The Focusrite Scarlett Solo is the best affordable USB audio interface for recording a single instrument or a person’s voice (3rd Gen). It is easy to use, well-built, and lets you input high-quality audio from different microphones into your computer. (Dynamic microphones need a preamp because of their low output.) Your recordings sound better thanks to its suitable air Mode, and the two hum-free outputs deliver crystal-clear audio playback. Its high-performance converters further enhance the audio quality, which enable mixing and recording up to 24-bit and 192kHz.

What else? The solo 3rd Gen is a significant improvement. This model has better instrument inputs, variable line inputs, fixed line inputs, microphone inputs, and line and monitors outputs than the previous iterations. To give you an idea, the 2nd Gen Bus-Powered counterpart has a dynamic range of 106 dB and a gain range of 50 dB, while the 3rd Gen has a dynamic range of 111 dB and a gain range of 56 dB (mic input). The 3rd Gen’s line & monitor has a dynamic range of 108Bb and a maximum output level of 15.5dBu instead of 106dB and 10dBu compared to its 2nd Gen Bus-powered predecessor. That explains why the audio quality is so excellent. The better sound, Pro Tools, and quick start tool that come with the solo 3rd Gen make it a force to be reckoned with.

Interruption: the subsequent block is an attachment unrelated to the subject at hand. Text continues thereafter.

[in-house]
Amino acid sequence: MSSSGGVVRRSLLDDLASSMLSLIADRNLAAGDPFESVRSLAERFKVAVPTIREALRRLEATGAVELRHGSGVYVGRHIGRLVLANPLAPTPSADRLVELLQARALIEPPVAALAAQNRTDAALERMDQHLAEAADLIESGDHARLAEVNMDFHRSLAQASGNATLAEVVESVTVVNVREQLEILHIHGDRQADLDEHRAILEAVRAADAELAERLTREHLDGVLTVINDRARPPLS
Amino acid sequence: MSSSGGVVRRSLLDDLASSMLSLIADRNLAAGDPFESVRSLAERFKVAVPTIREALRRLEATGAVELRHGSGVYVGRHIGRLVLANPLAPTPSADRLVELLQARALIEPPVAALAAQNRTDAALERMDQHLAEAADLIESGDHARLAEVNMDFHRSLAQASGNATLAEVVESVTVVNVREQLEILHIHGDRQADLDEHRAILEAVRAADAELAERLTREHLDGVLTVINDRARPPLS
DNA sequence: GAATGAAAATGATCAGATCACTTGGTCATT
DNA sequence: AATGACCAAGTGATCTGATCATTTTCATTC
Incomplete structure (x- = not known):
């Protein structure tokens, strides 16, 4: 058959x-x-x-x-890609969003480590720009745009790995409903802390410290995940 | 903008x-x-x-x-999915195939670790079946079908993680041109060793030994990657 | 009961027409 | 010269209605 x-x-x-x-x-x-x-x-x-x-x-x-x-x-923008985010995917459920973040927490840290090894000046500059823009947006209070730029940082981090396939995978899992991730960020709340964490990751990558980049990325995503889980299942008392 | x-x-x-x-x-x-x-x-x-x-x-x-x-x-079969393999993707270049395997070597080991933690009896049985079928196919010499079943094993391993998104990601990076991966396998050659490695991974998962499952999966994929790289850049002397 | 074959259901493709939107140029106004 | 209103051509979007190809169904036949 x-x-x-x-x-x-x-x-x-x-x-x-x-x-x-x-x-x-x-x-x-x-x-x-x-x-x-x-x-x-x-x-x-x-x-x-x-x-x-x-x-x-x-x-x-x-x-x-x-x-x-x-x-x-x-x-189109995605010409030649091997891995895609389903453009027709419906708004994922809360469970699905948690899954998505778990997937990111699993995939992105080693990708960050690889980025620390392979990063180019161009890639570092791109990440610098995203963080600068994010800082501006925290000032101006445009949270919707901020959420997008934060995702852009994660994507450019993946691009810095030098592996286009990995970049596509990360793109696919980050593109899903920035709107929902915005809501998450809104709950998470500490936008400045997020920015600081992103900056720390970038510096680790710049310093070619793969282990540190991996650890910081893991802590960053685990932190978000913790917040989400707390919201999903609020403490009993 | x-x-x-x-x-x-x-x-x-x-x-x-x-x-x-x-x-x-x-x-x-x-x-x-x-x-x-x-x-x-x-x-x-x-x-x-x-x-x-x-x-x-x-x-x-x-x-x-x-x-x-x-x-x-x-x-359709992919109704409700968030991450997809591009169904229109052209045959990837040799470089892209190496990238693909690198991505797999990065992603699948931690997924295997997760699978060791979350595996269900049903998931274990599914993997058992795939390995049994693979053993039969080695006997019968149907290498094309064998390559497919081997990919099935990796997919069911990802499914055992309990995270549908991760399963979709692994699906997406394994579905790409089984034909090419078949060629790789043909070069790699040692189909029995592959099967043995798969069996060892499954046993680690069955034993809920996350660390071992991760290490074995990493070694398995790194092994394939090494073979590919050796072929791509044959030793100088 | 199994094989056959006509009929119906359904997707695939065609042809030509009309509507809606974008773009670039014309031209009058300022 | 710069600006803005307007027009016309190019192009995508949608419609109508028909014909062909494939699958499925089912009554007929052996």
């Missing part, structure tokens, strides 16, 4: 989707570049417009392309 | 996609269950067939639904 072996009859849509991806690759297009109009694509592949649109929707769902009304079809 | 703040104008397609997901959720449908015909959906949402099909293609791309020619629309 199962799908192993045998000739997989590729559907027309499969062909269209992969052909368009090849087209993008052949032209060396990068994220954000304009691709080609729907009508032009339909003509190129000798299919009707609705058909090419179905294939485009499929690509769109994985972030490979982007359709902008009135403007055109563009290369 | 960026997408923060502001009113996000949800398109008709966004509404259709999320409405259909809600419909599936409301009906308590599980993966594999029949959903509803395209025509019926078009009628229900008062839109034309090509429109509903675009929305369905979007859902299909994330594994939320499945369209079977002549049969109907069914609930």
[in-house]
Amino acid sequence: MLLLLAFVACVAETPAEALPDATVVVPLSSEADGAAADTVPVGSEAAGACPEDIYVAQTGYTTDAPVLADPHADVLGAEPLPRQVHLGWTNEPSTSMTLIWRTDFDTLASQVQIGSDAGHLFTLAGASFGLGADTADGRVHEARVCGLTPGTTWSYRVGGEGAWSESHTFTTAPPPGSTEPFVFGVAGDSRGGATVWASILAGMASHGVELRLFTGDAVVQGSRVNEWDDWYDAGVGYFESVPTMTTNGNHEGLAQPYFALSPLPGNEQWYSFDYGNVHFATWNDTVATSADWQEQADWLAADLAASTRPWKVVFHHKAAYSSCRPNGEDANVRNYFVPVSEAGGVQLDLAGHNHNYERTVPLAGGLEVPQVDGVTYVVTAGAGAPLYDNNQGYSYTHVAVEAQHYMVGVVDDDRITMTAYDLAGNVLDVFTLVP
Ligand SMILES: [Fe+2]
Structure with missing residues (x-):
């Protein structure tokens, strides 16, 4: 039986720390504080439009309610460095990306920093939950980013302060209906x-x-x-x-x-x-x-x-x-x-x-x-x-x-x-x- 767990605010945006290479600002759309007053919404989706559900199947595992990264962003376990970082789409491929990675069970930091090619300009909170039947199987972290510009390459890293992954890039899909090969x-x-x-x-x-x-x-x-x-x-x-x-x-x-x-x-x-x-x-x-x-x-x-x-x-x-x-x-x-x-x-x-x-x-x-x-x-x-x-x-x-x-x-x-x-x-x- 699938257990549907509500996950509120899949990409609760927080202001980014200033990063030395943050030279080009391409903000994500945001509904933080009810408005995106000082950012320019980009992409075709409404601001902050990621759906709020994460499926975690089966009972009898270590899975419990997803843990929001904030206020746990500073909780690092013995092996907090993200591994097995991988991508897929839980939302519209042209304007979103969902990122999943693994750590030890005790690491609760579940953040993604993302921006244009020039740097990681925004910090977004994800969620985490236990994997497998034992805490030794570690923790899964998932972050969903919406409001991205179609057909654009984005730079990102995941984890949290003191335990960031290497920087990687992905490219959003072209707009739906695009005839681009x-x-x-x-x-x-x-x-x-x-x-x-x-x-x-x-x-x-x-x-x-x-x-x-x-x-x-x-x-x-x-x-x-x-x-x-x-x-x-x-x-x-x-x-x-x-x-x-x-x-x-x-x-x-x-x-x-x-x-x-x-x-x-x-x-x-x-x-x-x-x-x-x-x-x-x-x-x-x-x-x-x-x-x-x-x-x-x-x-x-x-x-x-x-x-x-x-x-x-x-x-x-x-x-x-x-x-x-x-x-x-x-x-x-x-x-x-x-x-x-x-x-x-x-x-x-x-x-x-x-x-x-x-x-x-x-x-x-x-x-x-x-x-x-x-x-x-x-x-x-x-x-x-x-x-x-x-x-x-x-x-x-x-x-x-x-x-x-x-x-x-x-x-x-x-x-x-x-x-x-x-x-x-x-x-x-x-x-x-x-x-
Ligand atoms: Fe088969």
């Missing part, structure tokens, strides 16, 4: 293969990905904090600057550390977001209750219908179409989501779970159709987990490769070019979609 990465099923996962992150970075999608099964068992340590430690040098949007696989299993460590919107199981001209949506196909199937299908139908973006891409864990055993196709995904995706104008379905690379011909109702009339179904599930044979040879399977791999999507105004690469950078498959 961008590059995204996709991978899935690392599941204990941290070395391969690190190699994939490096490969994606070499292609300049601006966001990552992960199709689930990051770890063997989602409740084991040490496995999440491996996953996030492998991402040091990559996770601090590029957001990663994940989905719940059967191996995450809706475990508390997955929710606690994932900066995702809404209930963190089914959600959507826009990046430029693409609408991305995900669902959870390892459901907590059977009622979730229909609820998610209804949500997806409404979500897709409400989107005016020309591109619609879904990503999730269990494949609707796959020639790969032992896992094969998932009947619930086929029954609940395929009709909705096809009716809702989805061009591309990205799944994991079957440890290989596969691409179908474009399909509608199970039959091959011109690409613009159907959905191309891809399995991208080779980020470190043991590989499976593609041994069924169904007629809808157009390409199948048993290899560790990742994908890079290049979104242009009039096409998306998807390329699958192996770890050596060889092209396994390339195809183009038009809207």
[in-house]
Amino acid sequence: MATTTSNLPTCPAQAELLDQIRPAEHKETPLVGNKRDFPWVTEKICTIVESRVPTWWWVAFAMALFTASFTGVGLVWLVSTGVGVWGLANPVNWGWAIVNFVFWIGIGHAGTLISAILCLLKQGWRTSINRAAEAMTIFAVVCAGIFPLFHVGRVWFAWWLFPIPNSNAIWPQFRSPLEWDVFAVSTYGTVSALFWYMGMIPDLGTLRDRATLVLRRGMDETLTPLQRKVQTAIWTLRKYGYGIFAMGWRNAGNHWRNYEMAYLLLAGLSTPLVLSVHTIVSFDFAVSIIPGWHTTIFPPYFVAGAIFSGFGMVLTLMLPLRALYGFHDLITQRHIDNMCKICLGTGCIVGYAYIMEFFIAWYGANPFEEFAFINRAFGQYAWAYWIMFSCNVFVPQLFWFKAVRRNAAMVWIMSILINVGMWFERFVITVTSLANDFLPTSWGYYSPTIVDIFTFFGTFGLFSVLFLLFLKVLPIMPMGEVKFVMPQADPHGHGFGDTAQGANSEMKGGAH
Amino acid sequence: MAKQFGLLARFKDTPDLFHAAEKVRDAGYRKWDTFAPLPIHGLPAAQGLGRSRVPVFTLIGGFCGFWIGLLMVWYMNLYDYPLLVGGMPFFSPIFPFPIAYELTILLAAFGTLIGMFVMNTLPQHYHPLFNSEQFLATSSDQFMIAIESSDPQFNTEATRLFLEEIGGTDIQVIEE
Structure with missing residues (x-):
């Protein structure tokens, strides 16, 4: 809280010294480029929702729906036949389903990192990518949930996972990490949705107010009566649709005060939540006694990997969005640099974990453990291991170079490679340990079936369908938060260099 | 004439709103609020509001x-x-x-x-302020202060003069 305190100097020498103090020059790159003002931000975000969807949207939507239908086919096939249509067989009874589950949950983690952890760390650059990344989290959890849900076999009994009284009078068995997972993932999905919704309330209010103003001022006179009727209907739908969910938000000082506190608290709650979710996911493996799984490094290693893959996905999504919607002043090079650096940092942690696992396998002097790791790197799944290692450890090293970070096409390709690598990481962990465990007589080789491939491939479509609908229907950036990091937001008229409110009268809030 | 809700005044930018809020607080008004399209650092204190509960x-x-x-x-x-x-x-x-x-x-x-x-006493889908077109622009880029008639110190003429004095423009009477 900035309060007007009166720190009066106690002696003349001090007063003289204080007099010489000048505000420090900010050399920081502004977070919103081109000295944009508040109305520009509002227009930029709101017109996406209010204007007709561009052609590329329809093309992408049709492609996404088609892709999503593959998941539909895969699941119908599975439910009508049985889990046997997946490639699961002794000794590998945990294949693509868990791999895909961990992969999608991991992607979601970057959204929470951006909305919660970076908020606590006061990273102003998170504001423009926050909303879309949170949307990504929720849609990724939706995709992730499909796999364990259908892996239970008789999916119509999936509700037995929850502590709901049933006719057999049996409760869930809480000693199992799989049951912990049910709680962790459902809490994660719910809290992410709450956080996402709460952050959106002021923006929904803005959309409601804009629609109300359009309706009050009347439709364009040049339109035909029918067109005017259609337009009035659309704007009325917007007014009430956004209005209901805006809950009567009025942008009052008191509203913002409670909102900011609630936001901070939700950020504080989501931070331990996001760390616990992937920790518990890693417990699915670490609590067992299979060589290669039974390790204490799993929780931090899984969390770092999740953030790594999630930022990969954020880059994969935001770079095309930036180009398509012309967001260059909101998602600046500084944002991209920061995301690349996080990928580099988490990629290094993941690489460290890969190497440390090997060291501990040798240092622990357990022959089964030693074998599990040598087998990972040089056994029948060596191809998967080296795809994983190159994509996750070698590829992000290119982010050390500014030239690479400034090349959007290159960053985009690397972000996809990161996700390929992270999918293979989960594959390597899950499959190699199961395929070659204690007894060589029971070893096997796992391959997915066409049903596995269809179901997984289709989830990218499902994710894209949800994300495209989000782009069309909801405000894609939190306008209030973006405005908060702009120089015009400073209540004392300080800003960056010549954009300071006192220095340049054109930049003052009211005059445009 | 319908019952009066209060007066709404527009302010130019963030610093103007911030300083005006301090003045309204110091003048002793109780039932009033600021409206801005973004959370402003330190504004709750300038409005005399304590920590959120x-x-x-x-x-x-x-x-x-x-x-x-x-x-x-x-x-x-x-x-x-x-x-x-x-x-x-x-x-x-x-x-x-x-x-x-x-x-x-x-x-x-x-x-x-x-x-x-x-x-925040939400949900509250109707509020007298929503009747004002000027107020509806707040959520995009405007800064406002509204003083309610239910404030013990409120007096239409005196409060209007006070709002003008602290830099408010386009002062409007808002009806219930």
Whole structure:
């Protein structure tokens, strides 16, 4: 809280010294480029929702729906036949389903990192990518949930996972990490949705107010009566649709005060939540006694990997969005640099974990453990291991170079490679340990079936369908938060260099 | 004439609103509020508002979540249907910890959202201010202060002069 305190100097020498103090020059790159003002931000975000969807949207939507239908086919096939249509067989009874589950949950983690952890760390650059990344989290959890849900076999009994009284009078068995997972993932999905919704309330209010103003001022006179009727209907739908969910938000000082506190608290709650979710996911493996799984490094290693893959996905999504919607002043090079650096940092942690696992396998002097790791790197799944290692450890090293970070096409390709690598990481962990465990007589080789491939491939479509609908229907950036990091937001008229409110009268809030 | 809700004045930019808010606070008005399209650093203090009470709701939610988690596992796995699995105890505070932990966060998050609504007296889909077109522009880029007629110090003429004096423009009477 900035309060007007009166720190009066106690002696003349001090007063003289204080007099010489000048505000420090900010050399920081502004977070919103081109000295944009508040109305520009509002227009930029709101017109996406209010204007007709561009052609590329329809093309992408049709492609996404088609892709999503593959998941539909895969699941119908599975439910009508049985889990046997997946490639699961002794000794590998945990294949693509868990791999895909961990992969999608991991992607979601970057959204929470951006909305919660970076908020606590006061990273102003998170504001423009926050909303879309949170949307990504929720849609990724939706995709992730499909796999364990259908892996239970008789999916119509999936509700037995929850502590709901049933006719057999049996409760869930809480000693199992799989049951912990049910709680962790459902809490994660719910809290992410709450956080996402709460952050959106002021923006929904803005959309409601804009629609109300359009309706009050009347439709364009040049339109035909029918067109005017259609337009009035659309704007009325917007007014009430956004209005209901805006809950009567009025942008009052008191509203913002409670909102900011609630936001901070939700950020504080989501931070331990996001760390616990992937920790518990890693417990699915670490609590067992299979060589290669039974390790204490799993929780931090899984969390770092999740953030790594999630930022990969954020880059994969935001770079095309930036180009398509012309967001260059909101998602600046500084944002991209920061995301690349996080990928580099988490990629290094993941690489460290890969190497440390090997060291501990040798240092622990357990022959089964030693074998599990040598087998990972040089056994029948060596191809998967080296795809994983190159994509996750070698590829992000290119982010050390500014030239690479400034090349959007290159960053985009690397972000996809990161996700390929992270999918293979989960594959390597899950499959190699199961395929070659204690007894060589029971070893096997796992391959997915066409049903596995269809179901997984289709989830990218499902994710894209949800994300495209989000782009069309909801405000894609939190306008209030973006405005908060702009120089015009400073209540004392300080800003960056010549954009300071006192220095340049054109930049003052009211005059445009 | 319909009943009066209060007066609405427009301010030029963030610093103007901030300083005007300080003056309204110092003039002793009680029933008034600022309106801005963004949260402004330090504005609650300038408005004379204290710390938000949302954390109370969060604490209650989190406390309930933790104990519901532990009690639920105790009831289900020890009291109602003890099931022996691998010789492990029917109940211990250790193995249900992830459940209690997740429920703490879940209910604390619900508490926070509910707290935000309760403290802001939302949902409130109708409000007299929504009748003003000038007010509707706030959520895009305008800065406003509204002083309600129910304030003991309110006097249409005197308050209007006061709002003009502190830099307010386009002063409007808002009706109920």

PreSonus AudioBox USB 96

PreSonus AudioBox USB 96

Two excellent Class-A mic preamps are available on the PreSonus AudioBox USB 96 22 for connecting XLR microphones. Thanks to the included Amphenol XLR tips, the preamps can also be used as line preamps for connecting instruments. As a result, there is minimal floor noise and a crisp sound. The preamps now feature MIDI I/O for connecting to your preferred MIDI controller. Using professional converters, you can mix and record music at up to 24-bit/96kHz. You can use zero-latency monitoring if you buy a 3.5mm headphone adapter. The construction quality is excellent, and the metal accents and aluminum chassis give the device a premium appearance.